# Diophantine Equations - Solve by Bounding Values

Often, one of the most helpful tools in solving Diophantine equations is referred to as "bounding." Frequently, encounters with Diophantine equations can be remarkably vague, often for a reason. This prompts the solver to make assumptions WLOG (without loss of generality) that make the problem easier to handle without fundamentally changing it. Bounding is the process of restricting values of a variable to a manageable set. The best way of illustrating this is through a few examples.

## Quadratic Diophantine Equations

## General Diophantine Equations

## Determine all pairs \((x,y)\) of integers that satisfy the equation \[\]

\[(x+1)^4 - (x-1)^4 = y^3.\]

Upon expansion, we reach

\[(x+1)^4 - (x-1)^4 = 8x^3 + 8x.\]

Now, notice that if we assume \(x \geq 1,\)

\[8x^3 = (2x)^3\leq 8x^3 + 8x \leq (2x+1)^3 = 8x^3 + 12x^2 + 6x + 1.\]

From this, we can say that \(8x^3 + 8x\) is between two consecutive perfect (integer) cubes, which is impossible. So, we can say that \(x\) is nonpositive, or \( x \leq 0\). Now, notice that if \((x,y)\) is a solution, then \((-x,-y)\) is also a solution, which implies that \(-x\) is nonpositive, or \(-x \leq 0\). Hence, the only solution is \((0,0)\). \(_\square\)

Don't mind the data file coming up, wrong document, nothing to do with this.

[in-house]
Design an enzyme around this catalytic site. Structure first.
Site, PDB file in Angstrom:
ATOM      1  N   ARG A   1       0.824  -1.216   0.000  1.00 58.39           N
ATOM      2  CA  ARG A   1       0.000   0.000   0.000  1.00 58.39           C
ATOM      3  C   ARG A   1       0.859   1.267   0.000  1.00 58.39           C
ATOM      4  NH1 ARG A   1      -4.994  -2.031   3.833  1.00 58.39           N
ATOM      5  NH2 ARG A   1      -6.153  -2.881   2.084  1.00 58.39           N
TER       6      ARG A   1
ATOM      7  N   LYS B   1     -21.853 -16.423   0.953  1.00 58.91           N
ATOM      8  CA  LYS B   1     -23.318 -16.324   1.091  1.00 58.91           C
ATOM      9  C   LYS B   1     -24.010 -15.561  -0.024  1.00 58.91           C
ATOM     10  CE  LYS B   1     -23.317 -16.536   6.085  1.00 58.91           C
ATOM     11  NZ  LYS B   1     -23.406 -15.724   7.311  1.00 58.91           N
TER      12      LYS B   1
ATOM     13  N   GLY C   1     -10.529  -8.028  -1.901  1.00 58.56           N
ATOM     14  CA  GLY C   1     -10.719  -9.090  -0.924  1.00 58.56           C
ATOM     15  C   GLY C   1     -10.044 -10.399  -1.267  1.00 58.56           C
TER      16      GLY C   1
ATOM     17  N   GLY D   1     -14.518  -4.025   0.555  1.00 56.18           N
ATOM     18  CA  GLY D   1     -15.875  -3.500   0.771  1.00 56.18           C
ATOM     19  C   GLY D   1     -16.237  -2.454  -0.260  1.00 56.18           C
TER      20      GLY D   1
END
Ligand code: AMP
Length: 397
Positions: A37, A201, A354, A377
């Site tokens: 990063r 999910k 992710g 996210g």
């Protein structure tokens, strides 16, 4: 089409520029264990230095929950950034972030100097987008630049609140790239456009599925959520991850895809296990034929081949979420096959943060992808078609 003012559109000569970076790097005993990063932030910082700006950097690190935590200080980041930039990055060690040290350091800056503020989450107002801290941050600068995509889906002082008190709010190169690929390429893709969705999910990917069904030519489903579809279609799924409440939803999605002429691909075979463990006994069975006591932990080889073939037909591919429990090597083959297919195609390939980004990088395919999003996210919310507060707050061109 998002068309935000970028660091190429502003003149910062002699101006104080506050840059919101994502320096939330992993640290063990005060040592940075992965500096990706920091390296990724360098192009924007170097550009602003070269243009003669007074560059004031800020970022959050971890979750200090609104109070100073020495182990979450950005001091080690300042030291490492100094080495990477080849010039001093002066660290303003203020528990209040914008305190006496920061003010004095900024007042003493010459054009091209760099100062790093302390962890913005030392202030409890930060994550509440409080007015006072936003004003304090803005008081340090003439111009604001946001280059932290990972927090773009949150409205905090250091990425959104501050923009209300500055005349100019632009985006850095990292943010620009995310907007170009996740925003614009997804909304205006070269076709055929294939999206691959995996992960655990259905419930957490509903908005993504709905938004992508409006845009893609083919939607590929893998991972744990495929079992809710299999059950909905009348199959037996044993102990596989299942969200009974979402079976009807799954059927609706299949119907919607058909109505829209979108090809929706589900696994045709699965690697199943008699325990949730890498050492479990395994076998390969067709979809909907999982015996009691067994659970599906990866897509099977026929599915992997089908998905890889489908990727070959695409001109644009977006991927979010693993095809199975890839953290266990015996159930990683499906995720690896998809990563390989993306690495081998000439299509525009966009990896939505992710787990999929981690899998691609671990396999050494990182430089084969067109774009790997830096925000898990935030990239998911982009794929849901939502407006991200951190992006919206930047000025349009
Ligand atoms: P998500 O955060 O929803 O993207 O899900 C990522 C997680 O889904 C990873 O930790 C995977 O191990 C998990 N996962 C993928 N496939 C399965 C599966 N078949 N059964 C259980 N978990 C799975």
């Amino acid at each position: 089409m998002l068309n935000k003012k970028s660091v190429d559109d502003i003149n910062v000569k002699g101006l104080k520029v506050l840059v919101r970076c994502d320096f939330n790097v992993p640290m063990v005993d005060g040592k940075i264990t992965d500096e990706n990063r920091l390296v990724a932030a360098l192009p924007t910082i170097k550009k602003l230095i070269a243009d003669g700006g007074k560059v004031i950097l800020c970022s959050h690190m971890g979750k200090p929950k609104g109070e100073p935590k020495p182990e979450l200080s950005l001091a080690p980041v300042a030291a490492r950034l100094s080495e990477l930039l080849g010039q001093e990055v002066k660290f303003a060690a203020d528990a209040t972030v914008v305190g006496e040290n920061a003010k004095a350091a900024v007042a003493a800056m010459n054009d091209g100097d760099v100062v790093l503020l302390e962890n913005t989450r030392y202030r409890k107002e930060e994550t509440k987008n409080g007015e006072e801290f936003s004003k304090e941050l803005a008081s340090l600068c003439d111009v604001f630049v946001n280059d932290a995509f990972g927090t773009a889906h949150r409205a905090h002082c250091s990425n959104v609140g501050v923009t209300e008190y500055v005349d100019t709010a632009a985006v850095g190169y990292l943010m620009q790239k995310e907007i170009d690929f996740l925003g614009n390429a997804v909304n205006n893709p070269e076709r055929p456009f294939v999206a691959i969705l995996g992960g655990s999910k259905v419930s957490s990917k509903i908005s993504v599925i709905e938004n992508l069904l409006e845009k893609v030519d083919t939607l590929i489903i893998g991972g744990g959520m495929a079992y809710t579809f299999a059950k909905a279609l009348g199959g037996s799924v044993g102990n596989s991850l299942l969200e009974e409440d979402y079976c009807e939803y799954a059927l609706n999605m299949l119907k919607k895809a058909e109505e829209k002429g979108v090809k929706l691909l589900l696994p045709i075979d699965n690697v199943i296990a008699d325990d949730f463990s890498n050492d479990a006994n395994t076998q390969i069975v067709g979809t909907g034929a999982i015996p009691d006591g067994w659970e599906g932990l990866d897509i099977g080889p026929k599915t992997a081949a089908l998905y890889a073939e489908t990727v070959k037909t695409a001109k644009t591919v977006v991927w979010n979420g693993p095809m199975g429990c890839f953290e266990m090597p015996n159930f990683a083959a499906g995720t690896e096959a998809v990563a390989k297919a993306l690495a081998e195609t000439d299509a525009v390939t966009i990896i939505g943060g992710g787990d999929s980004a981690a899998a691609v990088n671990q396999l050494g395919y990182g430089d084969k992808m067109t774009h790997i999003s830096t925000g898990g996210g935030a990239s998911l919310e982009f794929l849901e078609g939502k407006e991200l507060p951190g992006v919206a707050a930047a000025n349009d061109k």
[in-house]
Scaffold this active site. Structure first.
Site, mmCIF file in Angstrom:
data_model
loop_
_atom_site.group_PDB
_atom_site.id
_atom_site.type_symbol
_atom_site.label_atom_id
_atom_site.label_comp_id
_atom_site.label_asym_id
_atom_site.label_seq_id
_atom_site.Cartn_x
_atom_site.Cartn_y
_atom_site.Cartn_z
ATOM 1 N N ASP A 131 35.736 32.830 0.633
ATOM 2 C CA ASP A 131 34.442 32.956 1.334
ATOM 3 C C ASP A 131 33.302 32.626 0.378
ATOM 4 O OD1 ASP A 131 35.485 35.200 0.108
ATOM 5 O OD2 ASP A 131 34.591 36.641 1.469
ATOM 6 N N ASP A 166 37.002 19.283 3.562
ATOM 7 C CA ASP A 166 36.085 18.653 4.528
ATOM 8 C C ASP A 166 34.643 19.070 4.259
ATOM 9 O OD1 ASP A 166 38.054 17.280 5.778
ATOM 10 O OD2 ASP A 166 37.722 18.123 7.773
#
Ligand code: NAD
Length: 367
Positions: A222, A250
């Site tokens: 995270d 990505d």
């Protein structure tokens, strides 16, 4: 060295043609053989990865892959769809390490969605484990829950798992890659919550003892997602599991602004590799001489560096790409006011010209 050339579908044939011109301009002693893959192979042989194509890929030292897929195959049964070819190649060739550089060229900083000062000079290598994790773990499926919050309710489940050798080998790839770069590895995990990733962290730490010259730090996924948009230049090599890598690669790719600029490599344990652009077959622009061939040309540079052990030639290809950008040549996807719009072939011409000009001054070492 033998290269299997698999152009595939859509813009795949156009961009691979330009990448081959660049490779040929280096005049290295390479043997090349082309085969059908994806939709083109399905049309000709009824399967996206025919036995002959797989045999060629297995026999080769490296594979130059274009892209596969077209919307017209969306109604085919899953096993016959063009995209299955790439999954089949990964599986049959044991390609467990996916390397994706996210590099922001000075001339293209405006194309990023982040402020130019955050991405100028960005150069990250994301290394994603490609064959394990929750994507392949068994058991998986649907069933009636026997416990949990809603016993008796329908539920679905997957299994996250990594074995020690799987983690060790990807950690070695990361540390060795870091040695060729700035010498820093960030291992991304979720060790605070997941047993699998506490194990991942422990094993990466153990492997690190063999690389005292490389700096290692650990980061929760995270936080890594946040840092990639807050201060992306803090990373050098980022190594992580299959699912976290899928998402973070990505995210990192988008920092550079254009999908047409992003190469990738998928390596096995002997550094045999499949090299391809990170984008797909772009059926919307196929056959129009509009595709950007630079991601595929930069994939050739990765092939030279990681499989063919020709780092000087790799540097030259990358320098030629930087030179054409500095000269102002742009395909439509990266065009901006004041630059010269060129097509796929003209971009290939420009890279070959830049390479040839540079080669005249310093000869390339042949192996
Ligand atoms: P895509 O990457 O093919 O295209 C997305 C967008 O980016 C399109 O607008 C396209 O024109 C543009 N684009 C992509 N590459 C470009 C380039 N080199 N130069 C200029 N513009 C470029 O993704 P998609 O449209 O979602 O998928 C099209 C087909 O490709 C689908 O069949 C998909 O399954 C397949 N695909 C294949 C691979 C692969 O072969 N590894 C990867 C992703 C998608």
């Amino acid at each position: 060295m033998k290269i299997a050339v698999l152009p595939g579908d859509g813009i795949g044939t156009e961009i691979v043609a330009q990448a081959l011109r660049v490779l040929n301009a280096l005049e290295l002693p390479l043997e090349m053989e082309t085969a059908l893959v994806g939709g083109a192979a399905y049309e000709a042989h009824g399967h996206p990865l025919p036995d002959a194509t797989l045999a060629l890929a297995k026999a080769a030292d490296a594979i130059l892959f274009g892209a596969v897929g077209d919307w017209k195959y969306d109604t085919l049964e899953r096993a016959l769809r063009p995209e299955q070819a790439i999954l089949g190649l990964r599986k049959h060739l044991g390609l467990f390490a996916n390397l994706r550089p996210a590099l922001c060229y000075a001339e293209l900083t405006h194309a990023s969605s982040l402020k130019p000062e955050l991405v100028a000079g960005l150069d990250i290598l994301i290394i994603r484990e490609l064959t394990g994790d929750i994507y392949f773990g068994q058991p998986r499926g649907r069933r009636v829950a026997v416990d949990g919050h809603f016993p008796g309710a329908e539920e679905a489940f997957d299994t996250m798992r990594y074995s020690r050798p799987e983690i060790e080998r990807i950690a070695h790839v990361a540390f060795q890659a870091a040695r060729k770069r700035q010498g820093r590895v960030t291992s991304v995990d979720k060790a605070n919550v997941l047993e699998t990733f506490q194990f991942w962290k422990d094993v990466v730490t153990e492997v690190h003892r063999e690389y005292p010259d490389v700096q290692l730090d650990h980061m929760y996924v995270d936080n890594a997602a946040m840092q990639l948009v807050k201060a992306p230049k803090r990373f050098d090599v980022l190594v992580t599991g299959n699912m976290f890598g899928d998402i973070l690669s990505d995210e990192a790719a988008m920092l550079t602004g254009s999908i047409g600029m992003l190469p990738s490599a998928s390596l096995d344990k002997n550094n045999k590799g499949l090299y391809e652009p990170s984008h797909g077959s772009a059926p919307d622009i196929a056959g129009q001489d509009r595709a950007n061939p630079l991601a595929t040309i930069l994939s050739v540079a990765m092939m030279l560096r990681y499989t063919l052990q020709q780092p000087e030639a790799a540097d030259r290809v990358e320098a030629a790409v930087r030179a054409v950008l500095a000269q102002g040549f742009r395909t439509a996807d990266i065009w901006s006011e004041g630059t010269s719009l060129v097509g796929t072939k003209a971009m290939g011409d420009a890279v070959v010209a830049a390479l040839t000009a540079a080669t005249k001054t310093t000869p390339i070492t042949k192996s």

## Solve in positive integers the equation \[\]

\[3(xy+yz+xz) = 4xyz.\]

Dividing both sides by \(3xyz\), we reach

\[\frac{1}{z} + \frac{1}{y} + \frac{1}{x} = \frac{4}{3}.\]

Without loss of generality, suppose \(z \leq y \leq x\). This yields

\[\frac{3}{z} \geq \frac{4}{3}.\]

Which implies \(z \leq 2\). Splitting into two separate cases and applying similar logic, we can come up with some systems of equations. Upon solving, the only solutions are \((1,4,12),(1,6,6),(2,2,3)\) and all of their permutations, accounting for the symmetry of the equation. \(_\square\)

Find all pairs of positive integers \((x,y)\) such that

\[x^3-y^3=xy+61.\]

We are given \[x^3-y^3=(x-y)(x^2+xy+y^2)=xy+61.\] Notice that \(x>y\). Therefore, we have to consider \[x^2+xy+y^2≤xy+61 \Rightarrow x^2+y^2≤61.\] Since \(x>y,\) we have \[61≥x^2+y^2≥2y^2 \Rightarrow y\in \{1,2,3,4,5\} \\ \\ \begin{cases} y=1,\quad x^3-x-62=0 \\ y=2,\quad x^3-2x-69=0 \\ y=3,\quad x^3-3x-88=0 \\ y=4,\quad x^3-4x-125=0 \\ y=5, \quad x^3-5x-186=0. \end{cases} \]

Of these equations we can see the only working value of \(x\) is when \(y=5\) and \(x=6\), so the only positive integer pair of solution is \((x,y)=(6,5)\). \(_\square\)

## See Also

**Cite as:**Diophantine Equations - Solve by Bounding Values.

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